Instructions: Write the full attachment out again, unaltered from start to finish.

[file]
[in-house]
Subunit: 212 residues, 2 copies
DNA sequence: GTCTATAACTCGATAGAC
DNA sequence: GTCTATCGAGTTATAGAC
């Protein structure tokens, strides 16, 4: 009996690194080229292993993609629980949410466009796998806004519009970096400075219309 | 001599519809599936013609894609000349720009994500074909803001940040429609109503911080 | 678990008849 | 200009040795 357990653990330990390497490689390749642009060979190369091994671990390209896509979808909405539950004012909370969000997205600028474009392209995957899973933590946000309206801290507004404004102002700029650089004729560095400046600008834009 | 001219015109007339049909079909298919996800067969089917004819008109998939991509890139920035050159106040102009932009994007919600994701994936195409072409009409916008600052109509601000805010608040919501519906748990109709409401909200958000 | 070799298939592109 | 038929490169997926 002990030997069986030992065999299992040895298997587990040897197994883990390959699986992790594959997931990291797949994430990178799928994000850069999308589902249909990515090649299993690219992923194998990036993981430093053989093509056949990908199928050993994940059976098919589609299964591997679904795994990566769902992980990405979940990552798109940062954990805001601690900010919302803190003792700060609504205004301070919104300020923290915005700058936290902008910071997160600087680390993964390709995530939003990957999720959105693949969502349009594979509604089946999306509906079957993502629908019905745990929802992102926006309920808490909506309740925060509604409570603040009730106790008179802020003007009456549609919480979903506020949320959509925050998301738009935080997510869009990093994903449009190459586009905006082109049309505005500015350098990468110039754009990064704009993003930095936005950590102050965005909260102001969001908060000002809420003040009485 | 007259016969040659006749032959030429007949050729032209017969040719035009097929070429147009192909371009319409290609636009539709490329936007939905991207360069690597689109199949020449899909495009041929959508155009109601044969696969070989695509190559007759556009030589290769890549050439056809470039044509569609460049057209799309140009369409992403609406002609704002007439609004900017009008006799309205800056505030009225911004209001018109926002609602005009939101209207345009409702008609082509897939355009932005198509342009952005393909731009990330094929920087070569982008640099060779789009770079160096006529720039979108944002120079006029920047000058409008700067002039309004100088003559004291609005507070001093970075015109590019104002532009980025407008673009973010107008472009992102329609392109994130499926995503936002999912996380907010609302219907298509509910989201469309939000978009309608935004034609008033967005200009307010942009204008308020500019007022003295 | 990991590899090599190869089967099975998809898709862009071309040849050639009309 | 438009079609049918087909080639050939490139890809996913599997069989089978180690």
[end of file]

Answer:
[in-house]
Subunit: 212 residues, 2 copies
DNA sequence: GTCTATAACTCGATAGAC
DNA sequence: GTCTATCGAGTTATAGAC
């Protein structure tokens, strides 16, 4: 009996690194080229292993993609629980949410466009796998806004519009970096400075219309 | 001599519809599936013609894609000349720009994500074909803001940040429609109503911080 | 678990008849 | 200009040795 357990653990330990390497490689390749642009060979190369091994671990390209896509979808909405539950004012909370969000997205600028474009392209995957899973933590946000309206801290507004404004102002700029650089004729560095400046600008834009 | 001219015109007339049909079909298919996800067969089917004819008109998939991509890139920035050159106040102009932009994007919600994701994936195409072409009409916008600052109509601000805010608040919501519906748990109709409401909200958000 | 070799298939592109 | 038929490169997926 002990030997069986030992065999299992040895298997587990040897197994883990390959699986992790594959997931990291797949994430990178799928994000850069999308589902249909990515090649299993690219992923194998990036993981430093053989093509056949990908199928050993994940059976098919589609299964591997679904795994990566769902992980990405979940990552798109940062954990805001601690900010919302803190003792700060609504205004301070919104300020923290915005700058936290902008910071997160600087680390993964390709995530939003990957999720959105693949969502349009594979509604089946999306509906079957993502629908019905745990929802992102926006309920808490909506309740925060509604409570603040009730106790008179802020003007009456549609919480979903506020949320959509925050998301738009935080997510869009990093994903449009190459586009905006082109049309505005500015350098990468110039754009990064704009993003930095936005950590102050965005909260102001969001908060000002809420003040009485 | 007259016969040659006749032959030429007949050729032209017969040719035009097929070429147009192909371009319409290609636009539709490329936007939905991207360069690597689109199949020449899909495009041929959508155009109601044969696969070989695509190559007759556009030589290769890549050439056809470039044509569609460049057209799309140009369409992403609406002609704002007439609004900017009008006799309205800056505030009225911004209001018109926002609602005009939101209207345009409702008609082509897939355009932005198509342009952005393909731009990330094929920087070569982008640099060779789009770079160096006529720039979108944002120079006029920047000058409008700067002039309004100088003559004291609005507070001093970075015109590019104002532009980025407008673009973010107008472009992102329609392109994130499926995503936002999912996380907010609302219907298509509910989201469309939000978009309608935004034609008033967005200009307010942009204008308020500019007022003295 | 990991590899090599190869089967099975998809898709862009071309040849050639009309 | 438009079609049918087909080639050939490139890809996913599997069989089978180690």